audioXpress February 5. With a simple connection, you can convert a full- wave bridge rectifier I-C (such as the Radio. Shack ). Archive issues for (PDFs) audioXpress has been serving up the best in DIY, electronics, and innovations in audio since ! With an increased focus on. audioXpress Issue May Click To Enlarge. Item #: AX-FI; Manufacturer: audioXpress. VOLUME NUMBER 4. May Tang Band Full -Range.
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October 31, by George Ntanavaras. Following the publication of its original SE 6C33C amplifier in audioXpress JulyAri Polisois returned with more information on how to further simplify the whole construction and reduce the costs. April 28, by Ari Polisois. The entire system runs on 8 AA batteries and should operate for approximately 4 hours continuously.
This article was originally published in audioXpress, March October 17, by Ron Tipton. This article audioxpreess originally published in audioXpress, December This article was published in audioXpress, March This article was originally published in audioxpress, March The spreadsheets are in standard Excel format, and should work in just about any spreadsheet program.
The Audio Voice Newsletter.
This signal is rectified, filtered, and regulated in a conventional sense. This simple single-ended amp project by Pete Millett is a great performer and a very well documented project that was immediately adopted by many DIY’er’s.
The square wave is fed into a small audio power op-amp. Charvat, two pre-amplifiers are used with a battery powered high voltage supply.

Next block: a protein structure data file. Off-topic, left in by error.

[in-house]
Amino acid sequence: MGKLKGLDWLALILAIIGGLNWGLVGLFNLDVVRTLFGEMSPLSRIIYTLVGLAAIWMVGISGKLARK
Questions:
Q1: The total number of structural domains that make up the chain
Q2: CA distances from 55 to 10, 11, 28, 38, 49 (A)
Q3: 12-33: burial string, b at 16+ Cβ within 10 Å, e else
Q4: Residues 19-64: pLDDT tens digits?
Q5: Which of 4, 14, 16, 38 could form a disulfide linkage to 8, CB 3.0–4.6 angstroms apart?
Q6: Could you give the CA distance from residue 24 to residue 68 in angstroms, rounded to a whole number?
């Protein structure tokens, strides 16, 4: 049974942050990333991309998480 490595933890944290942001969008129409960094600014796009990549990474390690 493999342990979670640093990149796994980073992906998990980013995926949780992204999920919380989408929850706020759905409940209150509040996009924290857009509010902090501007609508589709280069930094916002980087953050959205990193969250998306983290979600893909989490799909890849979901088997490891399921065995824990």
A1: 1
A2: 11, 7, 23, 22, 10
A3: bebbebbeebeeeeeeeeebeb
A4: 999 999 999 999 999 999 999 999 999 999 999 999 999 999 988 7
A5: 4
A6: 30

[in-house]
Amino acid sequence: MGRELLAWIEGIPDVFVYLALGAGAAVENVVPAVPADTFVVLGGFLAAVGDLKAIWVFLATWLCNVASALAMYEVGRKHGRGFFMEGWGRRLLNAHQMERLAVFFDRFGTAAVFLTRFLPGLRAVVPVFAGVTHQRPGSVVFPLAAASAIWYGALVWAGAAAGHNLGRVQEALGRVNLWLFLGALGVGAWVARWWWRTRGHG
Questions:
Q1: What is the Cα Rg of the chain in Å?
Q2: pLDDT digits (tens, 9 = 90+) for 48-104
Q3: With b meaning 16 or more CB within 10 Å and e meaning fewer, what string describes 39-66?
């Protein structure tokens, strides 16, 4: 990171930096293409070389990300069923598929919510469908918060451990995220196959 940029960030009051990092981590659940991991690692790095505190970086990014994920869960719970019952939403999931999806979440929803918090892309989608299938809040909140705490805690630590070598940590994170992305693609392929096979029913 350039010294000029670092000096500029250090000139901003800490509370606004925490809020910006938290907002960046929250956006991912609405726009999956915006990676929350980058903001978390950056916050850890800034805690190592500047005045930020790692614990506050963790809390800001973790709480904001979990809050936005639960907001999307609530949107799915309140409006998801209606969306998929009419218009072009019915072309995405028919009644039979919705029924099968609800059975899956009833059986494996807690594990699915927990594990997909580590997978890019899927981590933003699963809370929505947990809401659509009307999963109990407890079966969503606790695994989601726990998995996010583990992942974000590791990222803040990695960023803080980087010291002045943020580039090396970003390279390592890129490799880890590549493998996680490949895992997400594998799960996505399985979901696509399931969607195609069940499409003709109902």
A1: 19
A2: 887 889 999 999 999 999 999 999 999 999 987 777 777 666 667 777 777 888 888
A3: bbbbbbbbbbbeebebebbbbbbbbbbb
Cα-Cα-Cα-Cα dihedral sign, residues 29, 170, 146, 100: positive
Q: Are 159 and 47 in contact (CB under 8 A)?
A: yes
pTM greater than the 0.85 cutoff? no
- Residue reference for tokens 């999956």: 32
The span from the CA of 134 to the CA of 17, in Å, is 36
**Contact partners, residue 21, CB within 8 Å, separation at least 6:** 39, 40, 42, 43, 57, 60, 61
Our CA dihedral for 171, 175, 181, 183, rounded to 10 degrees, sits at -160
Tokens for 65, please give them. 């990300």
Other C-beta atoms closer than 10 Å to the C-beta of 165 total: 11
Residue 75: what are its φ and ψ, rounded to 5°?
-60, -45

When it came to selecting topologies for the balanced inputs and outputs, I ruled out transformers due to high cost, physical bulk, and weight.
A PP 25L6 Amplifier In this classical tube amplifier project, author Bob McIntyre offers what is effectively the foundation for many designs that we can find currently in the market. The results, as the author describes, “combine the advantage s of the push-pull mainly power to the wonderful character of the SE: This is a project that quickly became the focus in lots of tube-oriented forums and has inspired long threads and many iterations, including further articles published in audioXpress from the author himself.
May 8, by Ari Polisois.
Getting the Most from THAT’s Balanced Line Drivers and Receivers
This article was originally published in audioXpress, April This article by Ron Tipton details the design and construction of the TDL Model high-performance microphone preamp, using a differential input stage that used compound transistor pairs with circuit resistance values, computer optimized for very low output noise.
This article was originally published in audioXpress, October March 27, by Joel Hatch.
This article from respected author Ari Polisois deals with a single-ended amplifier with enough power to drive even the most difficult speaker systems – delivering 50W per channel. All items in category Project Articles. Apart from looking at some commercially available stroboscope discs, Ron Tipton explains how to print one from files that are freely available on the Internet, and explains how to build your own multiple-LED lamp to check the rotations. This article was originally published in audioXpress, September In this article, Ron Tipton explores the use of stroboscope discs to determine whether your turntable is set to the correct rotational speed.
In this article, Joel Hatch explains how to build a variable frequency synchronous motor controller to control turntable speed.
Items about: Project Articles | audioXpress
July 25, by Pete Millett. Sadly, the audioXpress community lost one of its most esteemed and prolific writers. This article was published in audioXpress, July Now that turntables are back in force, this excellent project not only allows some knowledge about a vital part of the motor’s rotational speed adjustment, but it also dives into one of the most crucial aspects audioxppress a record player for anyone interested in a little DIY or restoration projects. This article was originally published in audioXpress, February The output of this op-amp is back-fed into the secondary of an audio output transformer, generating high voltage AC V at 40 kHz.
There’s no better way to pay tribute to Ron than revisit some of these projects. Each file has two main pages: February 7, by Paul J.